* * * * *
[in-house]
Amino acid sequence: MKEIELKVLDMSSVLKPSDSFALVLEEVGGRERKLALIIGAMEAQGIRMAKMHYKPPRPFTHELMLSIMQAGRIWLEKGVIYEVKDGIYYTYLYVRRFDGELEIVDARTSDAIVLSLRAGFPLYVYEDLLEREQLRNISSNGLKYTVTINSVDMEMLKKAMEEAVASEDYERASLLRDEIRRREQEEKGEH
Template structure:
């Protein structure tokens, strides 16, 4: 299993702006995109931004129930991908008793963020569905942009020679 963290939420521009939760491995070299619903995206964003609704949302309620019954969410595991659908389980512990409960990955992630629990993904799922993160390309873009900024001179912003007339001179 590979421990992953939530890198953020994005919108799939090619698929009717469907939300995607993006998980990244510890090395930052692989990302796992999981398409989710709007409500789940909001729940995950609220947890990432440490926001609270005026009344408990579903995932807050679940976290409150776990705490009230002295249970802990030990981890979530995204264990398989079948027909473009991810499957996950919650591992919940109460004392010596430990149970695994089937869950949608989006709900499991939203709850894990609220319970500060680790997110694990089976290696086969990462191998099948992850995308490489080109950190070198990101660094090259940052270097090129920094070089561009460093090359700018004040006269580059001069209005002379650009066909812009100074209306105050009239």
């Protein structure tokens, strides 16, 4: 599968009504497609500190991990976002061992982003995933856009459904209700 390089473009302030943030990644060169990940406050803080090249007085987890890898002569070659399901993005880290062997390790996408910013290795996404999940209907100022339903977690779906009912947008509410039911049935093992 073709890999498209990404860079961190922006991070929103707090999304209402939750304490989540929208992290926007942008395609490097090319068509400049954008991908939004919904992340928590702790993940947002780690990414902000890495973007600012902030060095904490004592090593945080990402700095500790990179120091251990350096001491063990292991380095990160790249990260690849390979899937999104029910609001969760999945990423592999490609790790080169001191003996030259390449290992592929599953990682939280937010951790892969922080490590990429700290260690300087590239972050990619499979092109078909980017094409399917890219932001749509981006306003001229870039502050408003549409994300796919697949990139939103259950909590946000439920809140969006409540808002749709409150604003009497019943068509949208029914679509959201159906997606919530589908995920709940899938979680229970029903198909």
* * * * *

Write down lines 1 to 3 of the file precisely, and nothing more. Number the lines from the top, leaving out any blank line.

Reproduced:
[in-house]
Amino acid sequence: MKEIELKVLDMSSVLKPSDSFALVLEEVGGRERKLALIIGAMEAQGIRMAKMHYKPPRPFTHELMLSIMQAGRIWLEKGVIYEVKDGIYYTYLYVRRFDGELEIVDARTSDAIVLSLRAGFPLYVYEDLLEREQLRNISSNGLKYTVTINSVDMEMLKKAMEEAVASEDYERASLLRDEIRRREQEEKGEH
Template structure: